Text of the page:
Published: 09:30, 21 January 2016
Offical figures show Kent has the highest number of underperfoming schools in the UK.
Twenty state secondary schools fell below government targets for failing to make sure pupils gained five good GCSE grades or made sufficient progress in English and maths.
These include the Pent Valley Technology College in Folkestone and The North School in Ashford.
That compares with the second highest, Birmingham - the second largest city in the UK - which had 11 schools classed as under-performing.
The figures indicate there was a slight dip in the number of pupils at the county’s schools achieving five or more GCSEs at grades A* to C, including English and maths, from 58% in 2014 to 57.3% in 2015.
Both Kent and Medway were above the national average of 53.8%.
The tables show 30 secondary schools in the county below the government’s so-called floor target for 40% of children to pass five or more GCSEs.
According to the tables, the former Marlowe Academy in Ramsgate was the county’s poorest performing school, with just 6% of pupils passing five or more GCSEs.
However, its fortunes are said to have changed after it merged last year with The Ellington and Hereson School, and was renamed The Royal Harbour Academy.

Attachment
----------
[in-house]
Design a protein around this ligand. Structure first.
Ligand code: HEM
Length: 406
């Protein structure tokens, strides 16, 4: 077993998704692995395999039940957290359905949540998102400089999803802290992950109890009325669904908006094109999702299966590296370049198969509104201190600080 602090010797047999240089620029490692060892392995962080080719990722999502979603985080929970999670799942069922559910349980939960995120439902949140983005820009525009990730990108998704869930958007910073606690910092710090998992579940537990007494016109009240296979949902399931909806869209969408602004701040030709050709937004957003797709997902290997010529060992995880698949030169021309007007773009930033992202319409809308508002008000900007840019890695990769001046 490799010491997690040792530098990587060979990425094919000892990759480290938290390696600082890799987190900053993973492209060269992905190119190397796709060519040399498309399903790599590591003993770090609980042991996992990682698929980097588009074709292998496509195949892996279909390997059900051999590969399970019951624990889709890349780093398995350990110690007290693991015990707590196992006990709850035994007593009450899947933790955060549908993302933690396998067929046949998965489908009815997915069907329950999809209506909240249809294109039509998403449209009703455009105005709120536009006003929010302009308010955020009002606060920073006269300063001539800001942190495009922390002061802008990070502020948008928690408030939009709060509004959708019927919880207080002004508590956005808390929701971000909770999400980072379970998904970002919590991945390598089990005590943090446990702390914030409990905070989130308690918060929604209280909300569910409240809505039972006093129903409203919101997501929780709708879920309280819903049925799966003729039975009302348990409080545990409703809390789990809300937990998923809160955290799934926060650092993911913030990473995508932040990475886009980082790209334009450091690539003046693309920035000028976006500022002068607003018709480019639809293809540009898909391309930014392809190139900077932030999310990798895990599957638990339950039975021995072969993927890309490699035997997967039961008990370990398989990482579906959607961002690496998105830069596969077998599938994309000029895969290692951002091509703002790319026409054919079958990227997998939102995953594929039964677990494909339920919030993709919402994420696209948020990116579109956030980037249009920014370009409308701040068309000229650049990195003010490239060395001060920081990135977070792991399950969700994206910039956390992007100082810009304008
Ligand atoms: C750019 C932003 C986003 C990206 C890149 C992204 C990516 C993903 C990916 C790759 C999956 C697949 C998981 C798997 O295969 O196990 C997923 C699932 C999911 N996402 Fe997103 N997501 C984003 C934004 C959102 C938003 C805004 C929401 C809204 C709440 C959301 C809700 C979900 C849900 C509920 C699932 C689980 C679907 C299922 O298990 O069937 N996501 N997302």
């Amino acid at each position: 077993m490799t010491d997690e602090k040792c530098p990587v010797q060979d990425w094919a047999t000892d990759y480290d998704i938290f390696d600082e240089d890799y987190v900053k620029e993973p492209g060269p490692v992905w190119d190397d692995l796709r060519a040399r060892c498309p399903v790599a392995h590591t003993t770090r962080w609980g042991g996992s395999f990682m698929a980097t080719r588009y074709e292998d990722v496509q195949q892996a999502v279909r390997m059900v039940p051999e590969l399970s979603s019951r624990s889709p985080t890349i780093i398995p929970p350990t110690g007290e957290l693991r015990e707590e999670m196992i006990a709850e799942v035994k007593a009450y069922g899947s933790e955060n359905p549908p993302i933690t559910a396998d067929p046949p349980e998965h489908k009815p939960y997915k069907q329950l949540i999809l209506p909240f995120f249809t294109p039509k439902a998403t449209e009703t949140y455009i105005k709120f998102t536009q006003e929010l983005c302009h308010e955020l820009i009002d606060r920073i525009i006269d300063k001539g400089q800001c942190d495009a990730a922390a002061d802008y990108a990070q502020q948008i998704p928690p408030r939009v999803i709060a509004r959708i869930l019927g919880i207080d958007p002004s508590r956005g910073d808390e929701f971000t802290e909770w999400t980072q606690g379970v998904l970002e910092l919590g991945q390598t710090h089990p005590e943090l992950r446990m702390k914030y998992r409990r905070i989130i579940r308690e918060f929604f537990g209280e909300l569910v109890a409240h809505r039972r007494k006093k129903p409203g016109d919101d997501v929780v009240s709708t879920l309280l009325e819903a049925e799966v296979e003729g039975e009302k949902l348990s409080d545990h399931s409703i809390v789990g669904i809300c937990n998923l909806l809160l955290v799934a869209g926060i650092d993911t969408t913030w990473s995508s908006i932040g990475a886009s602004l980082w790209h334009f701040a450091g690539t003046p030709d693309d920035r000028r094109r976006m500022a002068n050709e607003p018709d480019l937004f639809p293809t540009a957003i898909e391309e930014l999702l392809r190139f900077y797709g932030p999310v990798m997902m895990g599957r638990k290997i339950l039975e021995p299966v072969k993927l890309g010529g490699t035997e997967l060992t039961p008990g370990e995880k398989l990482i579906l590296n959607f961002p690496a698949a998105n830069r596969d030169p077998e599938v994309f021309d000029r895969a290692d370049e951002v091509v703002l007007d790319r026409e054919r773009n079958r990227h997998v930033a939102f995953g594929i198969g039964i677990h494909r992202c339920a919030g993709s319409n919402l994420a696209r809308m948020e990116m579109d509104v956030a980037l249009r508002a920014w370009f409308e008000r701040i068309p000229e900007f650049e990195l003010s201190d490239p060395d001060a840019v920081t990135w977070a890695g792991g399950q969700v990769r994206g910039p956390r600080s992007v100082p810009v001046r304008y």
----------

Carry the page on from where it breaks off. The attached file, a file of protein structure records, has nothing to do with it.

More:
Among others under the spotlight is Pent Valley, Folkestone, which is earmarked for closure and saw just 15% of pupils make the grade.
The Spires Academy in Canterbury saw 17% of pupils achieving grade A* to C.
As usual, the county’s grammar schools - which take the top 25% of the most able children - fared best with Dartford Grammar School for Boys recording 100% as did Folkestone Girls Grammar.
On the English Baccalaureate measure, regarded as more academically testing, 26.5% of children in Kent reached the government’s benchmark.
Subjects in the Baccalaureate must incorporate English, maths, science, a humanities subject and a language.
The number of poorer students securing five or more good GCSE passes was at 30%, broadly the same as last year.
In Medway, 57.8% of pupils passed five or more GCSEs at grade A* to C.
The government changed the way the GCSE results were recorded in 2014 which has seen many authorities appearing to decline.
Schools are now no longer allowed to incorporate retakes where students achieve a better grade, while a number of vocational subjects which were eligible for inclusion have been scrapped.
The county’s grammar schools also dominated the A level tables, with several, including Dover Grammar School for Boys, Maidstone Grammar School for Girls and Rochester Grammar School, achieving 100% across the board.
This means every single pupil at the school achieved at least three A levels graded between E and A*.
Several of the secondary schools that struggled to meet the GCSE requirements also performed poorly at A level, with the former Marlowe Academy faring particularly badly - only 73% of pupils got an A level graded between E and A*.
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